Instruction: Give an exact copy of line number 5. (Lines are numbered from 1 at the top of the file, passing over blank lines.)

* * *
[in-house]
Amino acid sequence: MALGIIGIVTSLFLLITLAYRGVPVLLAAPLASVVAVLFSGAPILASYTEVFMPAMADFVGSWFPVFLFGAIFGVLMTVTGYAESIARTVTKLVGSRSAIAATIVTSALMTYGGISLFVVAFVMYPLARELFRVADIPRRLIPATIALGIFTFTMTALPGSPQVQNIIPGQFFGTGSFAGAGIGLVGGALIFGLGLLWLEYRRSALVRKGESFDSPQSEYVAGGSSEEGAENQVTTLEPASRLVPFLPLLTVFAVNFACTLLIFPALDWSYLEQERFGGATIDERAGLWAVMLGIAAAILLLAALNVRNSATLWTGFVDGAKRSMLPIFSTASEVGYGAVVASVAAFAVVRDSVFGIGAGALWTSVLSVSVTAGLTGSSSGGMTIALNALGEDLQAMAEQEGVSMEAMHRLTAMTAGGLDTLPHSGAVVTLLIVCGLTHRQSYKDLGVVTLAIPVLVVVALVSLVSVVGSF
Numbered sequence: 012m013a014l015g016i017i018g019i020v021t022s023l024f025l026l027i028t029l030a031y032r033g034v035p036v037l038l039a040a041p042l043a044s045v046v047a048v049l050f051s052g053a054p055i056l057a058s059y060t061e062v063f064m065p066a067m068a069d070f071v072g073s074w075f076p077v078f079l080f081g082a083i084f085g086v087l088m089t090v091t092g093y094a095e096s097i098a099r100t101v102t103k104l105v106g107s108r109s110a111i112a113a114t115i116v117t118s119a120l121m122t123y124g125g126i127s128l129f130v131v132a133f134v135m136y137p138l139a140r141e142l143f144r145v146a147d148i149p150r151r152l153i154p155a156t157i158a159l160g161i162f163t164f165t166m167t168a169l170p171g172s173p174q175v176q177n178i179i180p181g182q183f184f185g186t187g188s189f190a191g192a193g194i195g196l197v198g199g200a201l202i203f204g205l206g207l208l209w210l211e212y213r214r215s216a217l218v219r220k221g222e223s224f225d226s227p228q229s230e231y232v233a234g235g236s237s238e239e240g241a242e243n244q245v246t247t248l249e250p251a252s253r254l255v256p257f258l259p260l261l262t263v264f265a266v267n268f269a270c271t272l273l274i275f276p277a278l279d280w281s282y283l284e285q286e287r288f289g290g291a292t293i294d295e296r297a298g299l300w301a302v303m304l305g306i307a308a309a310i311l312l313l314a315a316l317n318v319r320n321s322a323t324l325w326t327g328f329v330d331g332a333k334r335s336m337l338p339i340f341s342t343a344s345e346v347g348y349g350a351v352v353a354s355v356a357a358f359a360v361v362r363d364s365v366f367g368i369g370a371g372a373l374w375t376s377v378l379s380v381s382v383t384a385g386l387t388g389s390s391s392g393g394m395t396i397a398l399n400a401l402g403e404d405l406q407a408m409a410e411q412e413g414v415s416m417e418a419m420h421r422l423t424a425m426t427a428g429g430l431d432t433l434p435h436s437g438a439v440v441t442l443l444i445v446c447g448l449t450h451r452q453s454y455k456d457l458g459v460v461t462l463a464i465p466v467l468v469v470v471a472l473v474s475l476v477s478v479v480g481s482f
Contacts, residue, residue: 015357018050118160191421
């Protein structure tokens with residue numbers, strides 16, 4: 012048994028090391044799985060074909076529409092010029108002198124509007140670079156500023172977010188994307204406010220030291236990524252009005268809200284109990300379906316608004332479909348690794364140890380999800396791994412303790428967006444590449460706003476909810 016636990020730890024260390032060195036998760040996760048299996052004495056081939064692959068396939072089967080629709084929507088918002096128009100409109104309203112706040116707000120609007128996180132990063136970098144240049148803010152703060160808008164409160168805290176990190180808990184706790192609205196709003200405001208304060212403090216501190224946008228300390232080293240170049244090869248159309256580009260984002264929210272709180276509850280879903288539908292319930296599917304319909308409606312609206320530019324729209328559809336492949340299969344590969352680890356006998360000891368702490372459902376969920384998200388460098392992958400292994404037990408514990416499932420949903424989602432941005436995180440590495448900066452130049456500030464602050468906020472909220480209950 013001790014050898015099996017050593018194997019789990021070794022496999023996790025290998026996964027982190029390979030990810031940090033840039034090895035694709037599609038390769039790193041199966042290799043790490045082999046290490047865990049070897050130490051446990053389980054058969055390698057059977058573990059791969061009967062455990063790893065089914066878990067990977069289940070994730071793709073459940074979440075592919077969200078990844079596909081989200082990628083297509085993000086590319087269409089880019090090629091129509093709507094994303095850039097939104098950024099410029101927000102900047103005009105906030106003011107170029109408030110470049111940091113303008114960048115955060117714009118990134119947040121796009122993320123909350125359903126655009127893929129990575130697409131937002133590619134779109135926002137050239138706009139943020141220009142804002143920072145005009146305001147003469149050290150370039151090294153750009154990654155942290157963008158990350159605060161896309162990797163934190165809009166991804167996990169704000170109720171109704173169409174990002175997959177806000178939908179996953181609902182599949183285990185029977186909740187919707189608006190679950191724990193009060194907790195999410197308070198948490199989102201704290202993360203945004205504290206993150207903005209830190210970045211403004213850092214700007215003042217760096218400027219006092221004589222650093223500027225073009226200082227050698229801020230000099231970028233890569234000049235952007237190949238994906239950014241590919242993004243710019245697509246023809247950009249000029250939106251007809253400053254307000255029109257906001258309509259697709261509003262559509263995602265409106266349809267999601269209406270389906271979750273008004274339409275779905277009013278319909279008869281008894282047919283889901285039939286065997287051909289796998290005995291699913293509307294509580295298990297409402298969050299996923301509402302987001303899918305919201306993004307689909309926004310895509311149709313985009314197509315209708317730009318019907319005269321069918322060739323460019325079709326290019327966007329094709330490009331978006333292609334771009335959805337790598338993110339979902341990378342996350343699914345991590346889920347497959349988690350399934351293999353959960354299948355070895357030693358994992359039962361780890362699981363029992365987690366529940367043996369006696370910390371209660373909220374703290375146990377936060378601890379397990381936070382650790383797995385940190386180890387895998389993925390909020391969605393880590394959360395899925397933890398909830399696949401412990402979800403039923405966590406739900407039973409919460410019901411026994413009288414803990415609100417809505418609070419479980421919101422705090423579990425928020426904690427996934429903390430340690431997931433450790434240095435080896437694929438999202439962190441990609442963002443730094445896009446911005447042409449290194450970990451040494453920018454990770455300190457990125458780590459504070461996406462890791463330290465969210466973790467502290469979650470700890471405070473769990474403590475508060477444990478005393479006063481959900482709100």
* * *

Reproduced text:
């Protein structure tokens with residue numbers, strides 16, 4: 012048994028090391044799985060074909076529409092010029108002198124509007140670079156500023172977010188994307204406010220030291236990524252009005268809200284109990300379906316608004332479909348690794364140890380999800396791994412303790428967006444590449460706003476909810 016636990020730890024260390032060195036998760040996760048299996052004495056081939064692959068396939072089967080629709084929507088918002096128009100409109104309203112706040116707000120609007128996180132990063136970098144240049148803010152703060160808008164409160168805290176990190180808990184706790192609205196709003200405001208304060212403090216501190224946008228300390232080293240170049244090869248159309256580009260984002264929210272709180276509850280879903288539908292319930296599917304319909308409606312609206320530019324729209328559809336492949340299969344590969352680890356006998360000891368702490372459902376969920384998200388460098392992958400292994404037990408514990416499932420949903424989602432941005436995180440590495448900066452130049456500030464602050468906020472909220480209950 013001790014050898015099996017050593018194997019789990021070794022496999023996790025290998026996964027982190029390979030990810031940090033840039034090895035694709037599609038390769039790193041199966042290799043790490045082999046290490047865990049070897050130490051446990053389980054058969055390698057059977058573990059791969061009967062455990063790893065089914066878990067990977069289940070994730071793709073459940074979440075592919077969200078990844079596909081989200082990628083297509085993000086590319087269409089880019090090629091129509093709507094994303095850039097939104098950024099410029101927000102900047103005009105906030106003011107170029109408030110470049111940091113303008114960048115955060117714009118990134119947040121796009122993320123909350125359903126655009127893929129990575130697409131937002133590619134779109135926002137050239138706009139943020141220009142804002143920072145005009146305001147003469149050290150370039151090294153750009154990654155942290157963008158990350159605060161896309162990797163934190165809009166991804167996990169704000170109720171109704173169409174990002175997959177806000178939908179996953181609902182599949183285990185029977186909740187919707189608006190679950191724990193009060194907790195999410197308070198948490199989102201704290202993360203945004205504290206993150207903005209830190210970045211403004213850092214700007215003042217760096218400027219006092221004589222650093223500027225073009226200082227050698229801020230000099231970028233890569234000049235952007237190949238994906239950014241590919242993004243710019245697509246023809247950009249000029250939106251007809253400053254307000255029109257906001258309509259697709261509003262559509263995602265409106266349809267999601269209406270389906271979750273008004274339409275779905277009013278319909279008869281008894282047919283889901285039939286065997287051909289796998290005995291699913293509307294509580295298990297409402298969050299996923301509402302987001303899918305919201306993004307689909309926004310895509311149709313985009314197509315209708317730009318019907319005269321069918322060739323460019325079709326290019327966007329094709330490009331978006333292609334771009335959805337790598338993110339979902341990378342996350343699914345991590346889920347497959349988690350399934351293999353959960354299948355070895357030693358994992359039962361780890362699981363029992365987690366529940367043996369006696370910390371209660373909220374703290375146990377936060378601890379397990381936070382650790383797995385940190386180890387895998389993925390909020391969605393880590394959360395899925397933890398909830399696949401412990402979800403039923405966590406739900407039973409919460410019901411026994413009288414803990415609100417809505418609070419479980421919101422705090423579990425928020426904690427996934429903390430340690431997931433450790434240095435080896437694929438999202439962190441990609442963002443730094445896009446911005447042409449290194450970990451040494453920018454990770455300190457990125458780590459504070461996406462890791463330290465969210466973790467502290469979650470700890471405070473769990474403590475508060477444990478005393479006063481959900482709100």